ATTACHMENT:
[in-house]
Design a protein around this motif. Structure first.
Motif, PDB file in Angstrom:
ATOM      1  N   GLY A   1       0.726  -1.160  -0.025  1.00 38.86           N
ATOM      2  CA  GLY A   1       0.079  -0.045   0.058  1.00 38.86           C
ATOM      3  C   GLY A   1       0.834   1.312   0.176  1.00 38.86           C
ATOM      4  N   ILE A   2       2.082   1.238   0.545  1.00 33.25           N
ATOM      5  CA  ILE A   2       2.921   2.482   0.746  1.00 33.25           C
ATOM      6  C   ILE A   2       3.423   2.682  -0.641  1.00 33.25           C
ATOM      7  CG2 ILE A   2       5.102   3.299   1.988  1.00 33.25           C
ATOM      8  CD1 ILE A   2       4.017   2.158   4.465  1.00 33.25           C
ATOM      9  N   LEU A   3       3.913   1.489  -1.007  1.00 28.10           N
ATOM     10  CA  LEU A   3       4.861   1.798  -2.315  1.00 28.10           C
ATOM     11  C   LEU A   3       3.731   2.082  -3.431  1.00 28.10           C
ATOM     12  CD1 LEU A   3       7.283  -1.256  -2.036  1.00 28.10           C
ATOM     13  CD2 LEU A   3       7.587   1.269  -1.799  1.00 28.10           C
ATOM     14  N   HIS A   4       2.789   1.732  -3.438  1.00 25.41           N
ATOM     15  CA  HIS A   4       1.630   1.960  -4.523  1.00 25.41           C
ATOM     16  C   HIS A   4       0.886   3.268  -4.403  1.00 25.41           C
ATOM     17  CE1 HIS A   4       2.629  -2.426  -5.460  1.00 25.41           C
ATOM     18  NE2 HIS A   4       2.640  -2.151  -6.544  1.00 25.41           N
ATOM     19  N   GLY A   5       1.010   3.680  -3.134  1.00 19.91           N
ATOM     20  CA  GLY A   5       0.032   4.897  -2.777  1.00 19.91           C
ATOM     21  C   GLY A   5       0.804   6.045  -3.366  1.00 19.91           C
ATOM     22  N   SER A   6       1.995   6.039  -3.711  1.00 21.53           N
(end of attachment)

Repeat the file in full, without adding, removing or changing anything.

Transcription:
[in-house]
Design a protein around this motif. Structure first.
Motif, PDB file in Angstrom:
ATOM      1  N   GLY A   1       0.726  -1.160  -0.025  1.00 38.86           N
ATOM      2  CA  GLY A   1       0.079  -0.045   0.058  1.00 38.86           C
ATOM      3  C   GLY A   1       0.834   1.312   0.176  1.00 38.86           C
ATOM      4  N   ILE A   2       2.082   1.238   0.545  1.00 33.25           N
ATOM      5  CA  ILE A   2       2.921   2.482   0.746  1.00 33.25           C
ATOM      6  C   ILE A   2       3.423   2.682  -0.641  1.00 33.25           C
ATOM      7  CG2 ILE A   2       5.102   3.299   1.988  1.00 33.25           C
ATOM      8  CD1 ILE A   2       4.017   2.158   4.465  1.00 33.25           C
ATOM      9  N   LEU A   3       3.913   1.489  -1.007  1.00 28.10           N
ATOM     10  CA  LEU A   3       4.861   1.798  -2.315  1.00 28.10           C
ATOM     11  C   LEU A   3       3.731   2.082  -3.431  1.00 28.10           C
ATOM     12  CD1 LEU A   3       7.283  -1.256  -2.036  1.00 28.10           C
ATOM     13  CD2 LEU A   3       7.587   1.269  -1.799  1.00 28.10           C
ATOM     14  N   HIS A   4       2.789   1.732  -3.438  1.00 25.41           N
ATOM     15  CA  HIS A   4       1.630   1.960  -4.523  1.00 25.41           C
ATOM     16  C   HIS A   4       0.886   3.268  -4.403  1.00 25.41           C
ATOM     17  CE1 HIS A   4       2.629  -2.426  -5.460  1.00 25.41           C
ATOM     18  NE2 HIS A   4       2.640  -2.151  -6.544  1.00 25.41           N
ATOM     19  N   GLY A   5       1.010   3.680  -3.134  1.00 19.91           N
ATOM     20  CA  GLY A   5       0.032   4.897  -2.777  1.00 19.91           C
ATOM     21  C   GLY A   5       0.804   6.045  -3.366  1.00 19.91           C
ATOM     22  N   SER A   6       1.995   6.039  -3.711  1.00 21.53           N